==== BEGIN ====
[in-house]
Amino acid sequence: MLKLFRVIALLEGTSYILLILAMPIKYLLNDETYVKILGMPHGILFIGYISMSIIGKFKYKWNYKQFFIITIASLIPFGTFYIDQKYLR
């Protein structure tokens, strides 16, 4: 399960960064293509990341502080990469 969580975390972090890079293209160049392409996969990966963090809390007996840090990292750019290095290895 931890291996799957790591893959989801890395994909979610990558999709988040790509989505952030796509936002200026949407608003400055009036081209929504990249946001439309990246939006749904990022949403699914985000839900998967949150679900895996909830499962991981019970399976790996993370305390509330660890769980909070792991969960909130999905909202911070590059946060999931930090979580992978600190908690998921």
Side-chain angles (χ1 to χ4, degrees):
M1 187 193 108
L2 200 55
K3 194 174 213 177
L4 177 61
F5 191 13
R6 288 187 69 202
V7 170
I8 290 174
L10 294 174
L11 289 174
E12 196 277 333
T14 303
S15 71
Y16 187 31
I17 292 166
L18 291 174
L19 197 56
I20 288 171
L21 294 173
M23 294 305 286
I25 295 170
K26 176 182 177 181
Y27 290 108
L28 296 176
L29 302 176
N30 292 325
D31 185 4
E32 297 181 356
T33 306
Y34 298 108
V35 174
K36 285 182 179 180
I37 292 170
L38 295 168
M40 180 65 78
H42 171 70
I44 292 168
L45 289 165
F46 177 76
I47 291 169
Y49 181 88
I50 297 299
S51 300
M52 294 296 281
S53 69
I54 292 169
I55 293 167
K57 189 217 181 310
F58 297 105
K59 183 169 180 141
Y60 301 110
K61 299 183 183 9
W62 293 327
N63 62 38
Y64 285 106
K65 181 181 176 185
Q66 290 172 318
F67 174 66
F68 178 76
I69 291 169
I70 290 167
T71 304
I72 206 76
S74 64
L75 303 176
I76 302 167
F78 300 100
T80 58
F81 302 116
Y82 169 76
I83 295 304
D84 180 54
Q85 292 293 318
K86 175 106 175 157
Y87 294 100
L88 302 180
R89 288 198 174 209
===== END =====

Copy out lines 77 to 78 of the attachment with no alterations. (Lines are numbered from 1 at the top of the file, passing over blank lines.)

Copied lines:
Q85 292 293 318
K86 175 106 175 157